This study area has traditionally been dependent on heavy manufacturing, particularly chemicals, glass, metals, and plastics. To date, the project's main direct economic impact has been to retain the indigenous Symington Window manufacturing company in rural Ritchie County, which has expanded to an estimated 1,000 workers. If US 50 had not been widened, the company would likely have moved to another site within the project area closer to the interstates.
A number of larger trends have affected economic and land use development in the study area. Foremost has been the economic restructuring that the area has undergone, from coal mining and heavy manufacturing to a more diversified service and energy-based economy. Other national trends have also influenced economic growth in the region, including increased female participation in the labor force, smaller households, and a proliferation of service jobs. These factors underlie the increase in jobs while population has remained static in the study area.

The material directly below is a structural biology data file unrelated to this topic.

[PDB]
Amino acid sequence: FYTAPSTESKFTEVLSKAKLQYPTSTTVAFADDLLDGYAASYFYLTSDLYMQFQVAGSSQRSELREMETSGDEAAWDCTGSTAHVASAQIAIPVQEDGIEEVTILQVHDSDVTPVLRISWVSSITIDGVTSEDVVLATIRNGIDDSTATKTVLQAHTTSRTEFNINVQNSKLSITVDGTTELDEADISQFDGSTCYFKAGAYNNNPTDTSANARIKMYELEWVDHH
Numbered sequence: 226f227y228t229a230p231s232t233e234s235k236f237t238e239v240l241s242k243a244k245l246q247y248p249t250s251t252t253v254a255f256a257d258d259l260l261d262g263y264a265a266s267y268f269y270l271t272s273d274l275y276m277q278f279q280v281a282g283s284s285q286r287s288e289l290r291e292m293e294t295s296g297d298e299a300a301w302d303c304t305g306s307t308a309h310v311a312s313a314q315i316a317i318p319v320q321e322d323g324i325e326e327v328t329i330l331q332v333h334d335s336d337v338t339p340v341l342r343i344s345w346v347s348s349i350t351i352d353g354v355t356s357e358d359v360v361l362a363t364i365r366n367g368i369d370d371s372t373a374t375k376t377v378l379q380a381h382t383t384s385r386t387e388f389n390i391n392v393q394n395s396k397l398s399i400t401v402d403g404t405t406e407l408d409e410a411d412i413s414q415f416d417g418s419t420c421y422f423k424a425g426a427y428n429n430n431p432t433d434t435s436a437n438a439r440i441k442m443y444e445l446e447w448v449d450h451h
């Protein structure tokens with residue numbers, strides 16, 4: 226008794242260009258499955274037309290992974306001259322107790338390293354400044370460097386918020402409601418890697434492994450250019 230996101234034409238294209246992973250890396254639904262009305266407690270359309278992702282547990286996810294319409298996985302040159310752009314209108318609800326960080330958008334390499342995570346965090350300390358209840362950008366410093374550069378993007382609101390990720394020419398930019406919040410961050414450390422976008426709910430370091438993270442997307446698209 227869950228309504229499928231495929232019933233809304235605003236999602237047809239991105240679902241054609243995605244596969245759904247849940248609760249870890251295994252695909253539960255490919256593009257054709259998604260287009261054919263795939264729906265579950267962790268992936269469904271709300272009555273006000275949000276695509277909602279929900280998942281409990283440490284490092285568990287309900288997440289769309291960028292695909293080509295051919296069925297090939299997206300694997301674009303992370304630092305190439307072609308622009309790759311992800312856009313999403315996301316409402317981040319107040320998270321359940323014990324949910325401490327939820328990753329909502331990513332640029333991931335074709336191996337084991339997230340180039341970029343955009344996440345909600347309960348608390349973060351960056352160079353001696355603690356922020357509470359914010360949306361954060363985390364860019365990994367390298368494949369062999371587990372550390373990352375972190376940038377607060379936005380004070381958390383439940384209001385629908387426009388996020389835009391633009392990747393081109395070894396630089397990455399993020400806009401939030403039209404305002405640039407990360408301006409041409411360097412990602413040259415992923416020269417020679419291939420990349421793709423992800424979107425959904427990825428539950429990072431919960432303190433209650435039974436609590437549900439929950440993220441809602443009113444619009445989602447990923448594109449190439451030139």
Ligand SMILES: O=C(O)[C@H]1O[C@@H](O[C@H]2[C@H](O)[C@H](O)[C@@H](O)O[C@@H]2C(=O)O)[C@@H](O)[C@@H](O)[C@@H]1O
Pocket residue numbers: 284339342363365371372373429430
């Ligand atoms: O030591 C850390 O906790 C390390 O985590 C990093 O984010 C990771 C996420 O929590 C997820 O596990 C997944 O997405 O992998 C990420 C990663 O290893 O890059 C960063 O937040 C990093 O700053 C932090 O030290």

I-77 and I-79, which anchor the study corridor, likely have had a bigger impact on development in the region than the Corridor D project itself. Most of the development in the study area has been around interstate interchanges. Some of these projects may have occurred if the US 50 were two lanes. In fact, most of the development has occurred in the area just east of I-79, where US 50 is still two lanes.
Finally, the lag in development in the interior of the study region is due in part to the lack of water and sewer infrastructure outside of the established towns. Few industrial parks have been established in the Corridor. Where industrial parks have been established, they have been successful in retaining industry. But limited grant funding and the area's sparse population make it difficult to finance bond issues for new infrastructure.
Wilbur Smith Associates, Appalachian Development Highways Economic Impact Studies, July 1998.
Palmer Engineering Company, Assessing the Growth Inducing Impact of Infrastructure Development in Appalachian Ohio (no date).www.moverc.org Mid-Ohio Regional Planning and Development Council www.retionvi/comWest Virginia Regional Planning and Development Council www.wikipedia.org/wiki/Corridor_D
OrganizationWVDOT WVDOT District 4 WVDOT District 3 Mid Ohio Valley Regional Council Ritchie County Simonton Windows Harrison County